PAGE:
Each member country has a quota based on its economic and financial strength its national income, share in world trade and monetary gold held by it. The quota also determines the voting power of a member country and its borrowing power.
India is a founder member of the fund. India’s original subscription quota was SDR (Special Drawing Rights) 400 million. The initial par value of rupee was Rs 3.30 per US dollar but, subsequently, the rupee was devalued a number of times till it stood at Rs 8.25 in 1978. At present, the external value of the rupee is not fixed but allowed to fluctuate according to market condition of demand and supply.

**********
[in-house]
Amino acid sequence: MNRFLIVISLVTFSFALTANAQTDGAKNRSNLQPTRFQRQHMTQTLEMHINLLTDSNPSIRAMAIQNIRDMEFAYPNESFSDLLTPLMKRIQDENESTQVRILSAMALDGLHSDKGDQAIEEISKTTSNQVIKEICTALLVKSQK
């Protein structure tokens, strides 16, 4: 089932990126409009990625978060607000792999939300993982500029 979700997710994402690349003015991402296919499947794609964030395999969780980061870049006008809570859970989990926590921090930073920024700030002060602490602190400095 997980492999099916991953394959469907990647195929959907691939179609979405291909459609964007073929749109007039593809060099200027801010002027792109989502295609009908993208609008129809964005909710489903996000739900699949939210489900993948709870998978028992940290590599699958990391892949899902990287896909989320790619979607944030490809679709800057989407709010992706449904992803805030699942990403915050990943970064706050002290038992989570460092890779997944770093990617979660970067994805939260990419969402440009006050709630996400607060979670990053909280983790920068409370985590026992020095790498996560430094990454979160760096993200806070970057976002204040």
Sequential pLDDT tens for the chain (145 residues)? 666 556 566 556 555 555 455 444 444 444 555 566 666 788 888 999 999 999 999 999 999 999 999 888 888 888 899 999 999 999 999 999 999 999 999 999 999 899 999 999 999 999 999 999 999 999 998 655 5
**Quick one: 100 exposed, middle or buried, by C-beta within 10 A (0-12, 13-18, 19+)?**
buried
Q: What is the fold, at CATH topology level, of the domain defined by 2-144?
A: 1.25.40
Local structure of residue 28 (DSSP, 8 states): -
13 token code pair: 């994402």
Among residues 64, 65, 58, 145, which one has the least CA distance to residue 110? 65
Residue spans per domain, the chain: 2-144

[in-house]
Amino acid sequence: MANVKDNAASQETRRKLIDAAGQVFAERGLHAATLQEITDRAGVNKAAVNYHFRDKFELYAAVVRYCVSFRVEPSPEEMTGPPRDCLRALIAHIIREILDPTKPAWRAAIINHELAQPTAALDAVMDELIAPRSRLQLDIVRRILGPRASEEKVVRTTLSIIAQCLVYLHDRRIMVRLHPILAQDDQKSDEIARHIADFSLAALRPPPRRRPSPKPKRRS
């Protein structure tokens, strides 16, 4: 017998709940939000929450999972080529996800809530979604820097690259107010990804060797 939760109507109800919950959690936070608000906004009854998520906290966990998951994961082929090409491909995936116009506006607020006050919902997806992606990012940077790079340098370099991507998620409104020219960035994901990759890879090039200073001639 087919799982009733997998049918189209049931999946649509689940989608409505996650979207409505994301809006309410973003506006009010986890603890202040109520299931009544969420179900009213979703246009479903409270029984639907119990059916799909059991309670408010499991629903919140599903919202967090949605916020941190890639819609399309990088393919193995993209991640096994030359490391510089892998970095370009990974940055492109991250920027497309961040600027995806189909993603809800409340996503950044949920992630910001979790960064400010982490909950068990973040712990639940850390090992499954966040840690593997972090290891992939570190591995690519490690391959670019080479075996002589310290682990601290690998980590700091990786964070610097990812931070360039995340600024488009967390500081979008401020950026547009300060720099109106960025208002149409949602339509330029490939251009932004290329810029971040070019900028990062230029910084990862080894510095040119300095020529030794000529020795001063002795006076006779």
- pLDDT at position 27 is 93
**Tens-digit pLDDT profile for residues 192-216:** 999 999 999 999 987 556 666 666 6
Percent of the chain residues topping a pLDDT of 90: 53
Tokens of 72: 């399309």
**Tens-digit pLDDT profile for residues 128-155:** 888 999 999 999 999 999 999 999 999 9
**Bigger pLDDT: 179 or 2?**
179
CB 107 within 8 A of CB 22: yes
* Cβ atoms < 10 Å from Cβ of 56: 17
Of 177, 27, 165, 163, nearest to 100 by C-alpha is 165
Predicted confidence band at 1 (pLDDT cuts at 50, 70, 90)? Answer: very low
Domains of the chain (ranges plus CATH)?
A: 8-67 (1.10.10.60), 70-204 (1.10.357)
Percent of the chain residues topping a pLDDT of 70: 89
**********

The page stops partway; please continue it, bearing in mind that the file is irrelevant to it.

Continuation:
India has been able to borrow from the fund to overcome her balance of payments difficulties. India borrowed $ 100 million from the fund during 1948-49 but paid back the amount by 1956- 57.
Since then India has been borrowing from IMF at regular intervals in order to overcome its balance of payments difficulties. In 1981, India borrowed a massive amount of SDR 5,000 million (or Rs 5,000 crore) to overcome its external balance of payments arising basically from oil imports. India had to borrow again from IMF because of serious adverse balance of payments during 1990-91. After 1994-95 India’s loan from IMF has been declining.